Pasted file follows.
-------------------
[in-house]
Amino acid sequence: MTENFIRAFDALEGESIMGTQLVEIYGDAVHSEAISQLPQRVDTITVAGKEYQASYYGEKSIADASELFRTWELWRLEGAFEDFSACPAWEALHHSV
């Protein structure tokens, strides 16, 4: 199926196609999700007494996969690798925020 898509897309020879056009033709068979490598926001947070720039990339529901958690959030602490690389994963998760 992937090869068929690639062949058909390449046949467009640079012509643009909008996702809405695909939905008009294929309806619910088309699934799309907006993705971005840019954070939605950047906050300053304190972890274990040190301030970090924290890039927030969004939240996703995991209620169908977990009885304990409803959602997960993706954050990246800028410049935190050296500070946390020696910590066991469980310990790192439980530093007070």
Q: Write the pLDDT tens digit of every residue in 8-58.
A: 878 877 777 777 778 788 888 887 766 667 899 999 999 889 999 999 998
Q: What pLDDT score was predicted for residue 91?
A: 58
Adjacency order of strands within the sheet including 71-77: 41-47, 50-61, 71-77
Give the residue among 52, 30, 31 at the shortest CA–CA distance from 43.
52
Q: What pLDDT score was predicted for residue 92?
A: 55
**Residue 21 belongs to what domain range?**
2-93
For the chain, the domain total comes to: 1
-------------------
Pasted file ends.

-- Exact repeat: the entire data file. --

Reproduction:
[in-house]
Amino acid sequence: MTENFIRAFDALEGESIMGTQLVEIYGDAVHSEAISQLPQRVDTITVAGKEYQASYYGEKSIADASELFRTWELWRLEGAFEDFSACPAWEALHHSV
């Protein structure tokens, strides 16, 4: 199926196609999700007494996969690798925020 898509897309020879056009033709068979490598926001947070720039990339529901958690959030602490690389994963998760 992937090869068929690639062949058909390449046949467009640079012509643009909008996702809405695909939905008009294929309806619910088309699934799309907006993705971005840019954070939605950047906050300053304190972890274990040190301030970090924290890039927030969004939240996703995991209620169908977990009885304990409803959602997960993706954050990246800028410049935190050296500070946390020696910590066991469980310990790192439980530093007070």
Q: Write the pLDDT tens digit of every residue in 8-58.
A: 878 877 777 777 778 788 888 887 766 667 899 999 999 889 999 999 998
Q: What pLDDT score was predicted for residue 91?
A: 58
Adjacency order of strands within the sheet including 71-77: 41-47, 50-61, 71-77
Give the residue among 52, 30, 31 at the shortest CA–CA distance from 43.
52
Q: What pLDDT score was predicted for residue 92?
A: 55
**Residue 21 belongs to what domain range?**
2-93
For the chain, the domain total comes to: 1